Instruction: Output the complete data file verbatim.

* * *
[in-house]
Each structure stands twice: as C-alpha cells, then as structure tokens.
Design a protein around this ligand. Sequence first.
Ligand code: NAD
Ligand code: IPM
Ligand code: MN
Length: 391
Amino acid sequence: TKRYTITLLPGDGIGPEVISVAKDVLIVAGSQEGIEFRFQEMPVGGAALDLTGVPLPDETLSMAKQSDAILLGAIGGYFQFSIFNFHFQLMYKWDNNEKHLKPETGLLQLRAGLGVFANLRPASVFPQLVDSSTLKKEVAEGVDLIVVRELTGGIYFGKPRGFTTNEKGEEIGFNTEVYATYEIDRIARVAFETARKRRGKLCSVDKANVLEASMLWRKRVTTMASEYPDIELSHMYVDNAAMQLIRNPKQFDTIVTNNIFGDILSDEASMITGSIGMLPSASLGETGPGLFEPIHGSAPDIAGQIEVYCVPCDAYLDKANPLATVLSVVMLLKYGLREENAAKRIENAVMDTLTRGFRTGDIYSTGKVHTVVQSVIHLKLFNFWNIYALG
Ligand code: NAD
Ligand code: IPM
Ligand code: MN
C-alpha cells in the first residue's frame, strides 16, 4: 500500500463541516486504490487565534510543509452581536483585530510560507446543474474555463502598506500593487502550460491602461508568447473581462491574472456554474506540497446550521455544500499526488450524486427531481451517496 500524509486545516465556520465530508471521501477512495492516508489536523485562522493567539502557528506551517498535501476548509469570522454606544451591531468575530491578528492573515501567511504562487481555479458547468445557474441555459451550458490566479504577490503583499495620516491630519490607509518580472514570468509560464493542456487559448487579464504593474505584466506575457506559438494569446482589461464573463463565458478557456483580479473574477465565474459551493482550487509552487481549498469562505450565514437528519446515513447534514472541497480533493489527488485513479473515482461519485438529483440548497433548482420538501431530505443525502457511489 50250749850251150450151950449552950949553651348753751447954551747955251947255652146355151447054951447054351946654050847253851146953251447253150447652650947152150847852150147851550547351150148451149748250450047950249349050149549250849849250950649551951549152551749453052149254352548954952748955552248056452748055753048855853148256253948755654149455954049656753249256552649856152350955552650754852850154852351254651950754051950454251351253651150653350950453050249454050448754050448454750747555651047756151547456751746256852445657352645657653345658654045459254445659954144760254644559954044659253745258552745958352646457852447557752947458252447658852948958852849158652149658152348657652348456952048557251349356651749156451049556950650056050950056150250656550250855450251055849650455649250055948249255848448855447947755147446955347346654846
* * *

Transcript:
[in-house]
Each structure stands twice: as C-alpha cells, then as structure tokens.
Design a protein around this ligand. Sequence first.
Ligand code: NAD
Ligand code: IPM
Ligand code: MN
Length: 391
Amino acid sequence: TKRYTITLLPGDGIGPEVISVAKDVLIVAGSQEGIEFRFQEMPVGGAALDLTGVPLPDETLSMAKQSDAILLGAIGGYFQFSIFNFHFQLMYKWDNNEKHLKPETGLLQLRAGLGVFANLRPASVFPQLVDSSTLKKEVAEGVDLIVVRELTGGIYFGKPRGFTTNEKGEEIGFNTEVYATYEIDRIARVAFETARKRRGKLCSVDKANVLEASMLWRKRVTTMASEYPDIELSHMYVDNAAMQLIRNPKQFDTIVTNNIFGDILSDEASMITGSIGMLPSASLGETGPGLFEPIHGSAPDIAGQIEVYCVPCDAYLDKANPLATVLSVVMLLKYGLREENAAKRIENAVMDTLTRGFRTGDIYSTGKVHTVVQSVIHLKLFNFWNIYALG
Ligand code: NAD
Ligand code: IPM
Ligand code: MN
C-alpha cells in the first residue's frame, strides 16, 4: 500500500463541516486504490487565534510543509452581536483585530510560507446543474474555463502598506500593487502550460491602461508568447473581462491574472456554474506540497446550521455544500499526488450524486427531481451517496 500524509486545516465556520465530508471521501477512495492516508489536523485562522493567539502557528506551517498535501476548509469570522454606544451591531468575530491578528492573515501567511504562487481555479458547468445557474441555459451550458490566479504577490503583499495620516491630519490607509518580472514570468509560464493542456487559448487579464504593474505584466506575457506559438494569446482589461464573463463565458478557456483580479473574477465565474459551493482550487509552487481549498469562505450565514437528519446515513447534514472541497480533493489527488485513479473515482461519485438529483440548497433548482420538501431530505443525502457511489 50250749850251150450151950449552950949553651348753751447954551747955251947255652146355151447054951447054351946654050847253851146953251447253150447652650947152150847852150147851550547351150148451149748250450047950249349050149549250849849250950649551951549152551749453052149254352548954952748955552248056452748055753048855853148256253948755654149455954049656753249256552649856152350955552650754852850154852351254651950754051950454251351253651150653350950453050249454050448754050448454750747555651047756151547456751746256852445657352645657653345658654045459254445659954144760254644559954044659253745258552745958352646457852447557752947458252447658852948958852849158652149658152348657652348456952048557251349356651749156451049556950650056050950056150250656550250855450251055849650455649250055948249255848448855447947755147446955347346654846